My story in words and images: Cyndie Allemann Racing diary.
Episode 2012.05: Fuji: back to where it all started.
Tuesday, 2012-05-01. Tokyo, Japan.
Becoming mainstream in Asakusa.
By now, with four trips to Japan in a mere two months, the Zurich to Narita flight has almost become routine for Cyndie. Same as lodging at the same hotel in Shiodome and visiting a few regular places in Tokyo. Such a regular spot is the Asakusa district and its colorful Nakamise street.
This is where Cyndie had her first taste of becoming a mainstream figure in Japan, when a young man, just a random local ‘Shonen’, hesitantly approached her as he had recognized his new racing idol. This moment was very simple, yet at the same time symbolic of the fact that Cyndie is slowly starting to be a mainstream figure in a foreign country.
Being recognized and sought after at a race track is quite common for a race car driver, as they are in their natural environment, wearing their suit and surrounded by ‘their’ fans. But on the street in a city like Tokyo, it is a totally different story as most of them will normally go unnoticed. Of course, being an elegant European ‘femme fatale’ always help to get noticed in Tokyo, but nevertheless, being recognized as “シンディ” (Shindi) in this context was an awesome experience and a defining moment.
“On the street, we are usually quite anonymous, contrary to what can be experienced at a race track. Being recognized in Tokyo was so cool. I’m aware that I’m still far from being a pop star, but establishing myself in the mainstream in Japan can only be good for my career, my partners and sponsors. And it’s also good for a series like Super GT. A professional race car driver must go beyond her sport and reach out to the general public. The more positive attention you can get, the better it is. This simple encounter with this fan really symbolizes where I want to go, and fast.”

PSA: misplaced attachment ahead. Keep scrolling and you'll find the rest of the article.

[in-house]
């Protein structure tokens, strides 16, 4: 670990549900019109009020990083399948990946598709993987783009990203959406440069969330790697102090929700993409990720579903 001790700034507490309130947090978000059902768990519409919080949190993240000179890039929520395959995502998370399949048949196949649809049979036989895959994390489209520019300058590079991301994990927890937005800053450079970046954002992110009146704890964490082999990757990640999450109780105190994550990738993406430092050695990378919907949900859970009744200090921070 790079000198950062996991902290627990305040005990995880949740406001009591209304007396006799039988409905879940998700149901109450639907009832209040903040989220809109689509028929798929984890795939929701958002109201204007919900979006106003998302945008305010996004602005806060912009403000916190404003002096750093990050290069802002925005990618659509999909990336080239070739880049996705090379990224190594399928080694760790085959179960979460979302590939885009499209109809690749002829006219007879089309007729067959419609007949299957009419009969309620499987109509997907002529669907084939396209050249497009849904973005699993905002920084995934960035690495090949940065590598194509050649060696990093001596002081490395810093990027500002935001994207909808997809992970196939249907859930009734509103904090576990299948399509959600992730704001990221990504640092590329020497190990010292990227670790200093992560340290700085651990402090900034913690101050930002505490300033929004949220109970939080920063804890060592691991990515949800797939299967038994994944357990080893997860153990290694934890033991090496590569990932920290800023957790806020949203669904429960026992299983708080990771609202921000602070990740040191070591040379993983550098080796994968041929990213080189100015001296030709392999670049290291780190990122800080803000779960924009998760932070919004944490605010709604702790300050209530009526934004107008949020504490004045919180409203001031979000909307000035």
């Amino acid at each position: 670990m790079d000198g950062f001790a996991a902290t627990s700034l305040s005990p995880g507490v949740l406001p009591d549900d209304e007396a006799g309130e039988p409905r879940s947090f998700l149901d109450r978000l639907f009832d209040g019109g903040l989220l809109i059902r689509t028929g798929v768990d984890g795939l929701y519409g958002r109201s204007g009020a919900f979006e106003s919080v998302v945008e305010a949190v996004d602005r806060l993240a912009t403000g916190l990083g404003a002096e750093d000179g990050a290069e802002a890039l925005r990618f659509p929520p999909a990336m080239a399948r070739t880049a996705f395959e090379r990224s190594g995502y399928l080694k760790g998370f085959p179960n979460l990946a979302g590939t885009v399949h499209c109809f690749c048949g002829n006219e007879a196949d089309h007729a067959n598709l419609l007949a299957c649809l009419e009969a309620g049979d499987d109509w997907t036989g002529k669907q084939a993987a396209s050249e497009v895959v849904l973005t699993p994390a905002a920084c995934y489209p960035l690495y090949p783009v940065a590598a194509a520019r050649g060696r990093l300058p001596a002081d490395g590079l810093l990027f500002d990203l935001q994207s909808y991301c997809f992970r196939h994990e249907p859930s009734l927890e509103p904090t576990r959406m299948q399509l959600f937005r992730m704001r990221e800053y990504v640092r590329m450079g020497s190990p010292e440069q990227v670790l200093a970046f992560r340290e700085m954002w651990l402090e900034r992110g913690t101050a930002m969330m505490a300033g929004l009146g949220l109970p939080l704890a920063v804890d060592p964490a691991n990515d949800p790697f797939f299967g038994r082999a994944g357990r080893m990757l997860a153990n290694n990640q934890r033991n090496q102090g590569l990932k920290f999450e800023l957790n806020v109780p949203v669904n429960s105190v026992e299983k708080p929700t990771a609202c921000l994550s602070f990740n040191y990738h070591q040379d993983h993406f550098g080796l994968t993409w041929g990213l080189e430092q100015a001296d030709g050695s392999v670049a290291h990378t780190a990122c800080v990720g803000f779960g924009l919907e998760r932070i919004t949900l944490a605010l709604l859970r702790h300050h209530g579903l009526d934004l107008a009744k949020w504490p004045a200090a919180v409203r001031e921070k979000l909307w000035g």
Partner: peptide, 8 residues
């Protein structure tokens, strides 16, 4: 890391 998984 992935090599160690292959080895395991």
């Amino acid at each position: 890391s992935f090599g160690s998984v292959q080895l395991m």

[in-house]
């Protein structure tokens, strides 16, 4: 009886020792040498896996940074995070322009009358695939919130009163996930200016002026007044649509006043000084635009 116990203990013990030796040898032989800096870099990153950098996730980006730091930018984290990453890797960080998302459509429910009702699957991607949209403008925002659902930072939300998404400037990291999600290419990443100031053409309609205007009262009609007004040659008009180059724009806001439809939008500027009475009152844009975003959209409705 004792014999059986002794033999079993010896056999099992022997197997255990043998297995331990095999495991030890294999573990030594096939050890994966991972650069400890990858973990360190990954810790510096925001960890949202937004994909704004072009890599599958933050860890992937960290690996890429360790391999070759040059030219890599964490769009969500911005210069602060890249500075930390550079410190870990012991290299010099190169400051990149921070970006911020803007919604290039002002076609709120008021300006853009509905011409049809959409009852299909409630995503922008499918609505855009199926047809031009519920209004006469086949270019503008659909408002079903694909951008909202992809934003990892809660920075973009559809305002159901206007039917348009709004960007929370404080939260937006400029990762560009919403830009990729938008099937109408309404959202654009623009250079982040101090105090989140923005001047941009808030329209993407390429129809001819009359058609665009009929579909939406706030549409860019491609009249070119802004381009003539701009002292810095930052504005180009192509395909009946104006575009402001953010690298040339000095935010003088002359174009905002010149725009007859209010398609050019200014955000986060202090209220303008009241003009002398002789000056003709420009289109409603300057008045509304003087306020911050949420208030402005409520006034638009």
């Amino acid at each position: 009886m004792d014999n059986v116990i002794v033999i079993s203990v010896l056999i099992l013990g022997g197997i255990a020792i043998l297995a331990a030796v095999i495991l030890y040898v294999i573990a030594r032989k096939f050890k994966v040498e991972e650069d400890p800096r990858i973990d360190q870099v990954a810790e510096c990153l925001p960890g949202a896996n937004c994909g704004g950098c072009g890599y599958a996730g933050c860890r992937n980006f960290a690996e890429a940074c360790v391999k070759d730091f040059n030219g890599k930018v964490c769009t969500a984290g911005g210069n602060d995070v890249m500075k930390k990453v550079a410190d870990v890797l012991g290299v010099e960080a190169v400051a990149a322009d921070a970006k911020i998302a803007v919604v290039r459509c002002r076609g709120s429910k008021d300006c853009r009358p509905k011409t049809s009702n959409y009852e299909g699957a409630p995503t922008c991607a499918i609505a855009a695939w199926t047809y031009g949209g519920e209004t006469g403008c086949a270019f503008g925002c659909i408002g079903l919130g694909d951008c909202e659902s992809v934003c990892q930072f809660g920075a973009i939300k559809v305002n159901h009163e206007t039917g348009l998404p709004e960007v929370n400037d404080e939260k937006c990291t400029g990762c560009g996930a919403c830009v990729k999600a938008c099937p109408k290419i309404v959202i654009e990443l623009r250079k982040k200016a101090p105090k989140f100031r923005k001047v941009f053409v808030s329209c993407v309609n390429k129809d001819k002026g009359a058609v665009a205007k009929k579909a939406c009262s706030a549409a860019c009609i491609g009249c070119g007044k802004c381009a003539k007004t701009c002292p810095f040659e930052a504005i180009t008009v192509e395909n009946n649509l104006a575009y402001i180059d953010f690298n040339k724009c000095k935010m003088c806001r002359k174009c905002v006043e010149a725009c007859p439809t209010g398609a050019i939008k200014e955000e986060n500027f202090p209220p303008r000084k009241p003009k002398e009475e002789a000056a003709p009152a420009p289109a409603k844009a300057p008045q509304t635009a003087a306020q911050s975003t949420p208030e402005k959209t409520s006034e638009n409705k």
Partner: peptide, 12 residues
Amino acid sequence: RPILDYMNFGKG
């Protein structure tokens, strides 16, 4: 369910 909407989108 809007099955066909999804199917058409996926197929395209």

Wednesday, 2012-05-02. Shizuoka, Japan
Team building time.
Auto racing is a team sport. Each team member, from the race drivers to the mechanics, is responsible for a specific mission and if someone fail, there is an impact on the entire team. From the moment Cyndie arrived in Shizuoka, it was clear that this race event would be marked by this concept of team, even more than usual.
For one thing, Shizuoka is the base of Hitotsuyama Racing, and everyone in the family-run team wanted to make sure that Cyndie (and her entourage) had everything they needed and felt comfortable in their home town.
Also, a third driver would exceptionally join the usual (and still new) team of Cyndie and Aki (Akihiro Tsuzuki) on the #21 Audi, for this slightly longer race. This would no doubt change the dynamic between the drivers as well as the strategies.
On Wednesday, the ‘team building’ spirit also took several aspects: from a new pair of personalized racing shoes to a team dinner at a local Japanese (or was it Korean?) grill. The team spirit is slowly but surely taking shape at Hitotsuyama Racing.
“Team spirit is one the most important thing in order to work well together. It’s also critical to motivate people to work harder, whether it’s for the mechanics, the engineer or the driver. So for me, any occasion to spend time with my team is very important, like sharing dinner. My mechanics at Hitotsuyama Racing are doing a great job on the car and I am very thankful for their hard work. Plus, the little surprise to get my personalized pink shoes with my name on it, made me very happy! Little attentions like these make you feel like a part of the family.”
Thursday, 2012-05-03. Shizuoka, Japan.
Here comes the rain again.